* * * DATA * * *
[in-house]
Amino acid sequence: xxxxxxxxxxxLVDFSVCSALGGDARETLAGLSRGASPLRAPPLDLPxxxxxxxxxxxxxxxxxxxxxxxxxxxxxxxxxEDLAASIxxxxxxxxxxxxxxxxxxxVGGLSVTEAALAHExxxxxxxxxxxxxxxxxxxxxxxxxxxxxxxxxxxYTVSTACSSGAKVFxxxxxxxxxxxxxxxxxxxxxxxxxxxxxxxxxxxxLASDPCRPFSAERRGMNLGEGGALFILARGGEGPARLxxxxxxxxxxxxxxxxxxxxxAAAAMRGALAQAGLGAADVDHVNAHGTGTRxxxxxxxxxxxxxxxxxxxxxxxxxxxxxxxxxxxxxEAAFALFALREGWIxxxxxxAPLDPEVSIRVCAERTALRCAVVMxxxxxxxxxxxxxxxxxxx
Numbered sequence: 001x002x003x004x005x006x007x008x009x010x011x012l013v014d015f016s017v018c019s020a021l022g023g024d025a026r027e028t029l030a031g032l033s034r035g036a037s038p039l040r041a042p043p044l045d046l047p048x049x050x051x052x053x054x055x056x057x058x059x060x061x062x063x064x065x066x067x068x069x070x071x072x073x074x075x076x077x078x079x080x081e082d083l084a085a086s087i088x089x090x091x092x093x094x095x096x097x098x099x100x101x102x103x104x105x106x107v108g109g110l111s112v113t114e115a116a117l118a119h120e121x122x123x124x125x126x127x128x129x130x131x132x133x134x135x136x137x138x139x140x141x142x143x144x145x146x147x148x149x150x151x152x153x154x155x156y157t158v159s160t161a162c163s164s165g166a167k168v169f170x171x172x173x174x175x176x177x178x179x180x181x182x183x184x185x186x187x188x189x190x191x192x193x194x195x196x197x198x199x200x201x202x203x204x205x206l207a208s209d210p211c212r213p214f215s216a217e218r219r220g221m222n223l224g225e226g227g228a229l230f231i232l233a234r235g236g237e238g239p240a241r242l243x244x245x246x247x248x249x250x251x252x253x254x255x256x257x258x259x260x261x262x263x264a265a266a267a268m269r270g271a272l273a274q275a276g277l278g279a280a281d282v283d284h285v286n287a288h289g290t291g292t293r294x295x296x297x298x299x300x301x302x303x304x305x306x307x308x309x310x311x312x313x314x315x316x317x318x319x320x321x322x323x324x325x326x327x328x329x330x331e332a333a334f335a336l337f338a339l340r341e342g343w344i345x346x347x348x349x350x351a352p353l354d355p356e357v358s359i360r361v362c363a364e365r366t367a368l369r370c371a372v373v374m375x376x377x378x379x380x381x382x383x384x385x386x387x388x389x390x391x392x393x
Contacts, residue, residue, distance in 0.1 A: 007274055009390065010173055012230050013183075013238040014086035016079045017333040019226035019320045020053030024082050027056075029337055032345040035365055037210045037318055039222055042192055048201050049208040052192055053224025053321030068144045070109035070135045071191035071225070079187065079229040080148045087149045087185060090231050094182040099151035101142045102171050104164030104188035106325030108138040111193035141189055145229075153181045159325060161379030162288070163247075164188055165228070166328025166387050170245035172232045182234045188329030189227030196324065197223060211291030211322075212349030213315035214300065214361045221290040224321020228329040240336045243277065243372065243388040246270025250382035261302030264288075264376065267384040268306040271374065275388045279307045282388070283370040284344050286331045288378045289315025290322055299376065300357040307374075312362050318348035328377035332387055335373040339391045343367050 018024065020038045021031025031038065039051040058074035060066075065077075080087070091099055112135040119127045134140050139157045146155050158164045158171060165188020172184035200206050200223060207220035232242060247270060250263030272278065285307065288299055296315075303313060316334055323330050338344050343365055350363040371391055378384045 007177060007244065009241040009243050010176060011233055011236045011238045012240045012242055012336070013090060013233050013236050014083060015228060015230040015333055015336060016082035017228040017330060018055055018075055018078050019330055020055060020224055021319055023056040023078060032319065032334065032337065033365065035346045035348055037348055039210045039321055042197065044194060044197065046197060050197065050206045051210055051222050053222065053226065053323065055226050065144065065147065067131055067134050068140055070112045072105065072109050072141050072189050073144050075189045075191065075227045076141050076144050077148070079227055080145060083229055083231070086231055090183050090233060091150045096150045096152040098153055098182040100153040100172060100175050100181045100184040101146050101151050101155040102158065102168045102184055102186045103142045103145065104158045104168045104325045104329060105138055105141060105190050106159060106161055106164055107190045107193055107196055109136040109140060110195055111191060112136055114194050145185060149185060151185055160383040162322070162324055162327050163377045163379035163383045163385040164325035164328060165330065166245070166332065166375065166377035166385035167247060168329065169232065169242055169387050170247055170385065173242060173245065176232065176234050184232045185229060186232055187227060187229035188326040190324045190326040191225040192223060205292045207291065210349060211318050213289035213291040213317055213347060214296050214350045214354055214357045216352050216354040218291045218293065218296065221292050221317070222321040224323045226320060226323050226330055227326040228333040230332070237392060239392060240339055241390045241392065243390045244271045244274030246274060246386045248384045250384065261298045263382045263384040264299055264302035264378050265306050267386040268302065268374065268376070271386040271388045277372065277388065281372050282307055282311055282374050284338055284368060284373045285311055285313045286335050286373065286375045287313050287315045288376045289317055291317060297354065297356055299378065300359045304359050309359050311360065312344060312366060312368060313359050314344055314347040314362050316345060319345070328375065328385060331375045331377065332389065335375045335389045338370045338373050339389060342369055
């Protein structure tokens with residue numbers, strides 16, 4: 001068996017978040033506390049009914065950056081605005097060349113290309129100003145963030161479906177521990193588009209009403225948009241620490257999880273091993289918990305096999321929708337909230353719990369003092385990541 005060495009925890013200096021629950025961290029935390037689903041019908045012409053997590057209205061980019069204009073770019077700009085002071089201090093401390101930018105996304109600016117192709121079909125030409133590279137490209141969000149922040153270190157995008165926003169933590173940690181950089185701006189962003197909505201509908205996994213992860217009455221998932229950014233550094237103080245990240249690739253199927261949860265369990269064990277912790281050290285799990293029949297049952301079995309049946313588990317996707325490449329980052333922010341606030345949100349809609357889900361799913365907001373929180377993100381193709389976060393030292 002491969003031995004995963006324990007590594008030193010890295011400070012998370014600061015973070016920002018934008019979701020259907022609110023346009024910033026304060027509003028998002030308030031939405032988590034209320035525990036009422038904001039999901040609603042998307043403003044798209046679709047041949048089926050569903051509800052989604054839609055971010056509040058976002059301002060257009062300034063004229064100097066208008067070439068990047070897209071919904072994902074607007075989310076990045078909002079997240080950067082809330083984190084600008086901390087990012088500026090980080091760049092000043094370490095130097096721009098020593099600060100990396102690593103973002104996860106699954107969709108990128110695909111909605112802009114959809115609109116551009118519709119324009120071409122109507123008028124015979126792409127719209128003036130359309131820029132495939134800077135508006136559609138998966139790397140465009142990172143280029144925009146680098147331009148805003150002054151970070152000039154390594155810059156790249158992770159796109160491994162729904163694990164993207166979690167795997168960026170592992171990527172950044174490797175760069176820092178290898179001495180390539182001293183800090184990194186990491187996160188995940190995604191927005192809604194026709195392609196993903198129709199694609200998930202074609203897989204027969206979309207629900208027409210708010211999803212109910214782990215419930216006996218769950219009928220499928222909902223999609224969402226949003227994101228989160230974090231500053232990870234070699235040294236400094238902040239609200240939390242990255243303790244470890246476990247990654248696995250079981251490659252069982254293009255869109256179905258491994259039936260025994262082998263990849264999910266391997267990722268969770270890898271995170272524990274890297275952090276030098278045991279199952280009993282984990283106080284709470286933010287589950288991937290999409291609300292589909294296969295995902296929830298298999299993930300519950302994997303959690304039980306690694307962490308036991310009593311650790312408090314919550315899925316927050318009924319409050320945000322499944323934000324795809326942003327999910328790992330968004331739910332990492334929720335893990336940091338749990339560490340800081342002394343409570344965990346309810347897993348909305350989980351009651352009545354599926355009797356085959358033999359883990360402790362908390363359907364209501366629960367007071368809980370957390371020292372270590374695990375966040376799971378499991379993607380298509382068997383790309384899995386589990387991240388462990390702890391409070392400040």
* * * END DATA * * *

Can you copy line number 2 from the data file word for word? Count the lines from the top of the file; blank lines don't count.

Amino acid sequence: xxxxxxxxxxxLVDFSVCSALGGDARETLAGLSRGASPLRAPPLDLPxxxxxxxxxxxxxxxxxxxxxxxxxxxxxxxxxEDLAASIxxxxxxxxxxxxxxxxxxxVGGLSVTEAALAHExxxxxxxxxxxxxxxxxxxxxxxxxxxxxxxxxxxYTVSTACSSGAKVFxxxxxxxxxxxxxxxxxxxxxxxxxxxxxxxxxxxxLASDPCRPFSAERRGMNLGEGGALFILARGGEGPARLxxxxxxxxxxxxxxxxxxxxxAAAAMRGALAQAGLGAADVDHVNAHGTGTRxxxxxxxxxxxxxxxxxxxxxxxxxxxxxxxxxxxxxEAAFALFALREGWIxxxxxxAPLDPEVSIRVCAERTALRCAVVMxxxxxxxxxxxxxxxxxxx